He also led the charge to save the 1791 Buttonwood Tree in Hingham Centre some years ago.
"I am proud to have had a role in making these things happen," Macmillan said.
Bewick noted that Macmillan continues to advocate for new historical projects with the Historical Commission and the Historic Districts Commission.
Healey had this to say about Macmillan's contributions: "Alec Macmillan is a true son of this town, promoting preservation efforts through education and outreach and by example."
Macmillan thanked his many supporters over the years -- including the Selectmen, Historic Districts Commission and Historical Commission Administrator Andrea Young -- who organized the awards ceremony -- the Historical Commission, and the Historic Districts Commission -- who helped make his preservation efforts a success.
Caught by surprise
Healey, a lifelong Hingham resident, was taken totally by surprise when he received an award in recognition of his years of stewardship and service to the Town of Hingham -- including his family's beautifully restored historic Main Street home -- in the form of a copy of the 1600s town deed.
"Paul Healey is the inspiration behind this award," Young said. "He sees the big picture."
Macmillan also expressed appreciation for Healey's role in making the awards happen. "The champion of this award, Paul Healey, recognized the value of preserving our past as we move forward," he said.
Healey was the driving force behind the historical murals on some of the Hingham Shipyard buildings that depict its rich history, preservation of the gatehouse, and for the eagle that sits atop the Vitamin Shoppe.
This was a fitting tribute to Healey, who is wrapping up 37 years of service to the town in a number of capacities, including a long stint on the Planning Board and most recently as Selectmen chair. He is not running for another term.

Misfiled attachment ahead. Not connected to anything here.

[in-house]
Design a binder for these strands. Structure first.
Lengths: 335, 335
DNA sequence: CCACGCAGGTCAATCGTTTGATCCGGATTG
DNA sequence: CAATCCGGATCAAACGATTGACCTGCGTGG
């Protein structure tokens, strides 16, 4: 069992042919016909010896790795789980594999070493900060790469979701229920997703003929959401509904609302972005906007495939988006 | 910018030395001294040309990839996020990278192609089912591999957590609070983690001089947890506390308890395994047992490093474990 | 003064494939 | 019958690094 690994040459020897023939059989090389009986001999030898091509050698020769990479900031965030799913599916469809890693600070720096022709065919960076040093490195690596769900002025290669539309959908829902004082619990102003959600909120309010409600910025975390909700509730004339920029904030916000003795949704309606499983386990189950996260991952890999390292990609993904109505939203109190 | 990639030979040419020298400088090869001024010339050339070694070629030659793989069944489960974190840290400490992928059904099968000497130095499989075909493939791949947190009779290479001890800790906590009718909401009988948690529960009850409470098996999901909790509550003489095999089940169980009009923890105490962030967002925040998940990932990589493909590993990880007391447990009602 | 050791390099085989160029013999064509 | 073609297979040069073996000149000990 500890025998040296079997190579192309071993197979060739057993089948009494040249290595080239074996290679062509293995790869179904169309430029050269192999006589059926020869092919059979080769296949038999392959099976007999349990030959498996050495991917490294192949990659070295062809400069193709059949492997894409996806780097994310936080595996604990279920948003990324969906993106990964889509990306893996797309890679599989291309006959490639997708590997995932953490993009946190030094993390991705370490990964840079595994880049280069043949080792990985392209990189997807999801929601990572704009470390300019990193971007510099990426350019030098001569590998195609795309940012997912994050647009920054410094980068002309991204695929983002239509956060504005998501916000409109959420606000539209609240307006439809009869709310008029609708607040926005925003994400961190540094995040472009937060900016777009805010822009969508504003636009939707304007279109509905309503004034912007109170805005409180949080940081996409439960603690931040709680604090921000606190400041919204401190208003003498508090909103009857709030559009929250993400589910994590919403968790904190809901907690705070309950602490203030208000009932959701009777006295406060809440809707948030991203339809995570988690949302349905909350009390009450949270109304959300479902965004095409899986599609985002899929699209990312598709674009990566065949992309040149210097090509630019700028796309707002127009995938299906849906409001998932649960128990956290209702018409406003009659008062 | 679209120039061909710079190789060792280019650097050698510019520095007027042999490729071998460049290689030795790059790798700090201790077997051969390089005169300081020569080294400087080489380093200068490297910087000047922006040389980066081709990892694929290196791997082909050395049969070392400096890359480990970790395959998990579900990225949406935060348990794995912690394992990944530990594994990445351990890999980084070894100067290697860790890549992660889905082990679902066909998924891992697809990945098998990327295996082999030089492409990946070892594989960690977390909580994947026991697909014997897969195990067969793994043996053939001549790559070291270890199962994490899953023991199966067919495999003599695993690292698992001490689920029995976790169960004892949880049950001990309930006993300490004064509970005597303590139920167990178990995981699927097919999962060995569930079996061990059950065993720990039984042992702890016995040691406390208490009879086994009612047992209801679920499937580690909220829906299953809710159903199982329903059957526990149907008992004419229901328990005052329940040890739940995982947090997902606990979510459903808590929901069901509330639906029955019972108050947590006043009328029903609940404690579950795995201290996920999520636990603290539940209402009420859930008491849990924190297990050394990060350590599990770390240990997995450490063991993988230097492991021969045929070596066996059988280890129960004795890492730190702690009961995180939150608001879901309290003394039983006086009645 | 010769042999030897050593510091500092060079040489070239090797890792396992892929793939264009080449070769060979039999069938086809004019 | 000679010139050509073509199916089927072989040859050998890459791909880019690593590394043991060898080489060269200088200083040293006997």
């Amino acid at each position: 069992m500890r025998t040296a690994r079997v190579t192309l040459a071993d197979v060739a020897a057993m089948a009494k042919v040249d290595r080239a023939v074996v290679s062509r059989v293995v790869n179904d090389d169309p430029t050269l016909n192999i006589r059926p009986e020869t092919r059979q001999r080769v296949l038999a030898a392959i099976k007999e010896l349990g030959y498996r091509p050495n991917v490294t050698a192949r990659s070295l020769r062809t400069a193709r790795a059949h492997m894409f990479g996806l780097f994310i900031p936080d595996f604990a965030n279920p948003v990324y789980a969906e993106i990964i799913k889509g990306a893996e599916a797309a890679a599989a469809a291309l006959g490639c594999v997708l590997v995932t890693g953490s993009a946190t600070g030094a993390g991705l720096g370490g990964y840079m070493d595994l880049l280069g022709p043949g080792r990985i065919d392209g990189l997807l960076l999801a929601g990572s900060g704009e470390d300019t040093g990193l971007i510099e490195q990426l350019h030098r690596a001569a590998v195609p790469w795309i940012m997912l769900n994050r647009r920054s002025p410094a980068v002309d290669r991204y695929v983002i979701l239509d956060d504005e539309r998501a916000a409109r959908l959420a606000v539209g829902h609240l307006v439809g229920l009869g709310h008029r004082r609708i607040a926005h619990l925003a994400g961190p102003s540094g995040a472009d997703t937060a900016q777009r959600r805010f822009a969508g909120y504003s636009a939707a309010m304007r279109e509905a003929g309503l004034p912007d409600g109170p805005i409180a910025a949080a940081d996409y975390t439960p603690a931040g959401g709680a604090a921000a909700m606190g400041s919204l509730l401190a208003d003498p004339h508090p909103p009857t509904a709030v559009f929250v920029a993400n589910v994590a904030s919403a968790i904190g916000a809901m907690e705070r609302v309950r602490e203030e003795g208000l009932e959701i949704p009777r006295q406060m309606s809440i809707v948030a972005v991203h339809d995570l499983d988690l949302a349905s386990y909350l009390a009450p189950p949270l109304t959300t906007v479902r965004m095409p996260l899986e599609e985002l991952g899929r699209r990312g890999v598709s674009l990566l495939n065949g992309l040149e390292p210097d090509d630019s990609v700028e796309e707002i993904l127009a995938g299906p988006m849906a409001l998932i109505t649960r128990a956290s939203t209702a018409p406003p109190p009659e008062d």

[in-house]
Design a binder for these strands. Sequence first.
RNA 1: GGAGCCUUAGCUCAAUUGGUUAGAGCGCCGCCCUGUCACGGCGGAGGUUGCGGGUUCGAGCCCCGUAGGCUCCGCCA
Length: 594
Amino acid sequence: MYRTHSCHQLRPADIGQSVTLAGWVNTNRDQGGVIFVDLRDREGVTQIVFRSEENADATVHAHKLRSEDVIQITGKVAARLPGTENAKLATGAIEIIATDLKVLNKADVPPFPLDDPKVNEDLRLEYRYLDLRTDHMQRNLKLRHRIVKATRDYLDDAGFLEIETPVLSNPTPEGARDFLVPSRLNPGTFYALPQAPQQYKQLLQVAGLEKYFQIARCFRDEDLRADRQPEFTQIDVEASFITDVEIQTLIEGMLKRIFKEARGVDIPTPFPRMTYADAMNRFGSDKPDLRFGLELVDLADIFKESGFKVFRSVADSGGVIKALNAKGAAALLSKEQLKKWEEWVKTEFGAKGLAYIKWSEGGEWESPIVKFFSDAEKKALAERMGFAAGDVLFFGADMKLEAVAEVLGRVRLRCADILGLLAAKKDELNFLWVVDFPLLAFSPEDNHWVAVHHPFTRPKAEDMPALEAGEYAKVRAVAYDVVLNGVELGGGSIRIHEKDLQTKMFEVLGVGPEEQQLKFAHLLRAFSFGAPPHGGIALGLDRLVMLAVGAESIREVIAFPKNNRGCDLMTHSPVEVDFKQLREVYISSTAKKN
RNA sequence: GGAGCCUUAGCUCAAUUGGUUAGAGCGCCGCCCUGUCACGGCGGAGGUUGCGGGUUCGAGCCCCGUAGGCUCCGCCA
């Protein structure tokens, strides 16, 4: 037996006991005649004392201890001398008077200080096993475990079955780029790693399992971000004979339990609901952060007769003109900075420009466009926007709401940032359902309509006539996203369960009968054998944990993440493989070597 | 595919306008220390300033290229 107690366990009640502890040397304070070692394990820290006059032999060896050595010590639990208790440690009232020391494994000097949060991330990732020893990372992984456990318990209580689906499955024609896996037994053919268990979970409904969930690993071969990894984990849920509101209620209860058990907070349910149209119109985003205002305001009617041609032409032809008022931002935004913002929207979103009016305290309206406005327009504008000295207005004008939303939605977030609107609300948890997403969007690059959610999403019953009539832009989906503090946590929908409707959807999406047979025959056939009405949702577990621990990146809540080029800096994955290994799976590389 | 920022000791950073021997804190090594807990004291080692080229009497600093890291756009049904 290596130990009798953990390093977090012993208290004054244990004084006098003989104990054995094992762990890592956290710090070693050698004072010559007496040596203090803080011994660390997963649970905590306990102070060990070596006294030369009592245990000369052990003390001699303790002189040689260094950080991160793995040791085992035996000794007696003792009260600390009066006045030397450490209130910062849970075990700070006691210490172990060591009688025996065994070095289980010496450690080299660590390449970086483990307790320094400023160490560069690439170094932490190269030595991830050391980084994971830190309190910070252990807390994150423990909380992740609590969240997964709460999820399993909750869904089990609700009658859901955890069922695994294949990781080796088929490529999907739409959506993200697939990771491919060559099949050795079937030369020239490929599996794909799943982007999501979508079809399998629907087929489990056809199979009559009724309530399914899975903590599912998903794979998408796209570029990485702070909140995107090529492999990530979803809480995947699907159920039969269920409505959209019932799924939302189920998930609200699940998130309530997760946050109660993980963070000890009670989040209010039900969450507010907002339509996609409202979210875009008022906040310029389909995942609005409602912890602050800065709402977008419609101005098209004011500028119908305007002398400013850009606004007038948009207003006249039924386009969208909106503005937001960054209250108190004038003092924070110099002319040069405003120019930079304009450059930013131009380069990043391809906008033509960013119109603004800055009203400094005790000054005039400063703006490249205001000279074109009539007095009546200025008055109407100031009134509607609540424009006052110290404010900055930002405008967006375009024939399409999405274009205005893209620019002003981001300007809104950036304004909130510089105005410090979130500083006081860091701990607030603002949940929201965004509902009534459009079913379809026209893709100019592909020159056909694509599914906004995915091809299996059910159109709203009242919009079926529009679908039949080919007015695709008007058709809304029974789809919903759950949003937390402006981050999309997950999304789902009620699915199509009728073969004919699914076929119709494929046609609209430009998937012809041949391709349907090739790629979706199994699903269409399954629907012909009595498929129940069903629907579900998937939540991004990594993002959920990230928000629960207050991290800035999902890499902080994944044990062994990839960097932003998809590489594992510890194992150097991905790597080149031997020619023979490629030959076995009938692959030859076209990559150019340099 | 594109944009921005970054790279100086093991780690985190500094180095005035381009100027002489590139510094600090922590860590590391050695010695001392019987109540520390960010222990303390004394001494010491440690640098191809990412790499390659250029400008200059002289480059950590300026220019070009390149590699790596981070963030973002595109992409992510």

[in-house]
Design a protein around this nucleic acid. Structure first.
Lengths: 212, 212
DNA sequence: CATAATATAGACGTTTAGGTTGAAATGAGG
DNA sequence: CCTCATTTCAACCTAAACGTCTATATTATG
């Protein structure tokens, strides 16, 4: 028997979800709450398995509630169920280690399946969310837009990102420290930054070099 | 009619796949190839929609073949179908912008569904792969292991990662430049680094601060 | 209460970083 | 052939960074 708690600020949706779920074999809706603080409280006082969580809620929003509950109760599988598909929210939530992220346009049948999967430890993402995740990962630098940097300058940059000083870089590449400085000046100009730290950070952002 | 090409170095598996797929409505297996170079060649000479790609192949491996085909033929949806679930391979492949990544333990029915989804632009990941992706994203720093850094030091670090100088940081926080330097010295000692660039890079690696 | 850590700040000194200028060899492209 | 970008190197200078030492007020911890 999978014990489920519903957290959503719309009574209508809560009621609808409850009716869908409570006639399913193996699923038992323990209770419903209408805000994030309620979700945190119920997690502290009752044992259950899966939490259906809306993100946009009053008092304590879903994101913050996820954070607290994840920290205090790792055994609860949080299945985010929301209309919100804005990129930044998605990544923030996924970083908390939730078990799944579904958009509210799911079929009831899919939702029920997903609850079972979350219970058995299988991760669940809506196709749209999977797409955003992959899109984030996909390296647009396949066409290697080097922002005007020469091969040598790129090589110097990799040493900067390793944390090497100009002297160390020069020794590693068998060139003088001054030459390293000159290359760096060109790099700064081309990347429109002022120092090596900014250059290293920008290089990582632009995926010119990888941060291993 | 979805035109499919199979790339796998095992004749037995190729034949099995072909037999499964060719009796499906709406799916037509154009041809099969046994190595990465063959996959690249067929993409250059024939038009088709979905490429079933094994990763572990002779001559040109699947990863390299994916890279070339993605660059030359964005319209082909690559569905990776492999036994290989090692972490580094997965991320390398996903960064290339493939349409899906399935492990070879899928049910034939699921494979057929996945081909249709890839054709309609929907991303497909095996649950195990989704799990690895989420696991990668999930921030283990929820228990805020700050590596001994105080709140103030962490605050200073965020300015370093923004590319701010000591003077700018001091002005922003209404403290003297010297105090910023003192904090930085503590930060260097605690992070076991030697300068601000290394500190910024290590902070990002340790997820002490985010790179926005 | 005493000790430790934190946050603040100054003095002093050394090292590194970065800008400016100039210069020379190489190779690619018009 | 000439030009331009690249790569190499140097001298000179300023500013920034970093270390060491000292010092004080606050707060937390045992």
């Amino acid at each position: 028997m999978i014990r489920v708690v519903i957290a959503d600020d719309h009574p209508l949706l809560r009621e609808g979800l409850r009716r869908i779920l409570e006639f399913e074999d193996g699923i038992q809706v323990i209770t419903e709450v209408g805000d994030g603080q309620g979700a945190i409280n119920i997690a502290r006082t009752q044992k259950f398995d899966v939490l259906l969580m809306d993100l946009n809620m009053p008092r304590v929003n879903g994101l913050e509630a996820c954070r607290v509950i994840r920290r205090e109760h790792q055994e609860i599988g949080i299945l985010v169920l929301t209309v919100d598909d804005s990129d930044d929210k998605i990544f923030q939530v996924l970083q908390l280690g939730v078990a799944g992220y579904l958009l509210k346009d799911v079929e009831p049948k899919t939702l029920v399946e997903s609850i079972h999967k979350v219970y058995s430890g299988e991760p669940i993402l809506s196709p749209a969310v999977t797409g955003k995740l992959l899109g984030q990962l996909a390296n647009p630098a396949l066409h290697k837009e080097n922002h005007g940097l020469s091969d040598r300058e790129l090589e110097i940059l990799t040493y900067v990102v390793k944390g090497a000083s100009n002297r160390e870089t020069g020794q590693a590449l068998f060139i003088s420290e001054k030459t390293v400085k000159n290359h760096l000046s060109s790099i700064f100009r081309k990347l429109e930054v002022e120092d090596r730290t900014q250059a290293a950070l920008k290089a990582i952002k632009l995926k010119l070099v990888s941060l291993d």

"I feel the town is well protected and in good shape," he said. "Historic preservation is critical to Hingham's quality of life."
The award is "a positive -- there's no downside to it," Healey said before the awards were presented. "It promotes the importance of Hingham's history and the architecture of the town. Hingham is fortunate to have our Historic Districts Commission and Historical Commission."
While such awards are typically presented to property owners and builders, craftsmen, architects, longtime stewards of building exteriors and interiors, and all who use their skills and talents to preserve Hingham’s buildings, streetscape, landscape, and neighborhoods are eligible to potentially receive the award, either by self-nomination or nomination by another.
Nominations for projects, individuals, or organizations are required to have the consent of the property owner or nominee to be considered.
Members of the Development and Design Team for the awards includes Joan Brancale, Suzanne Buchanan, Benjamin Burnham, Elizabeth Dings, Mary Morrison, Joyce Schreier, Vcevy Strekalovsky, and Ben Wilcox.
Members of the award evaluation committee include Peter Bickford, Suzanne Buchanan, Ben Burnham, Jack Hobbs, Jennifer Schwartz, and Vcevy Strekalovsky.